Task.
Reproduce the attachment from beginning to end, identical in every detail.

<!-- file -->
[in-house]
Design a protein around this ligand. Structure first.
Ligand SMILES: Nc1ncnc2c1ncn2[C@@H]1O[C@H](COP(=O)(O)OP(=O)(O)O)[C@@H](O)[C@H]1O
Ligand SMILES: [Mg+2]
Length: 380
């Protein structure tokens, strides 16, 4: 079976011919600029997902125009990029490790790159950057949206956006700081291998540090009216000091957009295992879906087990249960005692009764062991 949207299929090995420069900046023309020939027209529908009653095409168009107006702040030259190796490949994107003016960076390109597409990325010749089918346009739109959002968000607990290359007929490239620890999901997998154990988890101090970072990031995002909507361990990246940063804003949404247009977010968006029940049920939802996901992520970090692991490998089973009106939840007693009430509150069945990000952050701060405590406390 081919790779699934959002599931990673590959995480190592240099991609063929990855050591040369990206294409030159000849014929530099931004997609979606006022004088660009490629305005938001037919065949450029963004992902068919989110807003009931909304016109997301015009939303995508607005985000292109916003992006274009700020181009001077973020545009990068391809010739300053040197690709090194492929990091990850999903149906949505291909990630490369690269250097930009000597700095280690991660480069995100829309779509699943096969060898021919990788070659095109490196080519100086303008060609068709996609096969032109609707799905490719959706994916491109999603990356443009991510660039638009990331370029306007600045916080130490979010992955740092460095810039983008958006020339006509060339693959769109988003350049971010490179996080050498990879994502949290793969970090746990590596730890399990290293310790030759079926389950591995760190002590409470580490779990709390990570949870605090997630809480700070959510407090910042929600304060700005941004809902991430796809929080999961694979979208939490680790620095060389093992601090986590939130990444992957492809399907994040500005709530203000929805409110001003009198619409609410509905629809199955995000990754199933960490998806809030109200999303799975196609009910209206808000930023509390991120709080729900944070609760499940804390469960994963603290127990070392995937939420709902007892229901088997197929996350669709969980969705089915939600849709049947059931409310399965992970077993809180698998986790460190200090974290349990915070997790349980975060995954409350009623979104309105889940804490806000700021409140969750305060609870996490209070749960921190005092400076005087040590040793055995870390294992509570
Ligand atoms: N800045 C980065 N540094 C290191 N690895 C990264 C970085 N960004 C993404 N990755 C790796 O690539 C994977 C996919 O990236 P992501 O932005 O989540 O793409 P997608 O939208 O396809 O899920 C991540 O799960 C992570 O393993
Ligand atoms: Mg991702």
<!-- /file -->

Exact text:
[in-house]
Design a protein around this ligand. Structure first.
Ligand SMILES: Nc1ncnc2c1ncn2[C@@H]1O[C@H](COP(=O)(O)OP(=O)(O)O)[C@@H](O)[C@H]1O
Ligand SMILES: [Mg+2]
Length: 380
């Protein structure tokens, strides 16, 4: 079976011919600029997902125009990029490790790159950057949206956006700081291998540090009216000091957009295992879906087990249960005692009764062991 949207299929090995420069900046023309020939027209529908009653095409168009107006702040030259190796490949994107003016960076390109597409990325010749089918346009739109959002968000607990290359007929490239620890999901997998154990988890101090970072990031995002909507361990990246940063804003949404247009977010968006029940049920939802996901992520970090692991490998089973009106939840007693009430509150069945990000952050701060405590406390 081919790779699934959002599931990673590959995480190592240099991609063929990855050591040369990206294409030159000849014929530099931004997609979606006022004088660009490629305005938001037919065949450029963004992902068919989110807003009931909304016109997301015009939303995508607005985000292109916003992006274009700020181009001077973020545009990068391809010739300053040197690709090194492929990091990850999903149906949505291909990630490369690269250097930009000597700095280690991660480069995100829309779509699943096969060898021919990788070659095109490196080519100086303008060609068709996609096969032109609707799905490719959706994916491109999603990356443009991510660039638009990331370029306007600045916080130490979010992955740092460095810039983008958006020339006509060339693959769109988003350049971010490179996080050498990879994502949290793969970090746990590596730890399990290293310790030759079926389950591995760190002590409470580490779990709390990570949870605090997630809480700070959510407090910042929600304060700005941004809902991430796809929080999961694979979208939490680790620095060389093992601090986590939130990444992957492809399907994040500005709530203000929805409110001003009198619409609410509905629809199955995000990754199933960490998806809030109200999303799975196609009910209206808000930023509390991120709080729900944070609760499940804390469960994963603290127990070392995937939420709902007892229901088997197929996350669709969980969705089915939600849709049947059931409310399965992970077993809180698998986790460190200090974290349990915070997790349980975060995954409350009623979104309105889940804490806000700021409140969750305060609870996490209070749960921190005092400076005087040590040793055995870390294992509570
Ligand atoms: N800045 C980065 N540094 C290191 N690895 C990264 C970085 N960004 C993404 N990755 C790796 O690539 C994977 C996919 O990236 P992501 O932005 O989540 O793409 P997608 O939208 O396809 O899920 C991540 O799960 C992570 O393993
Ligand atoms: Mg991702």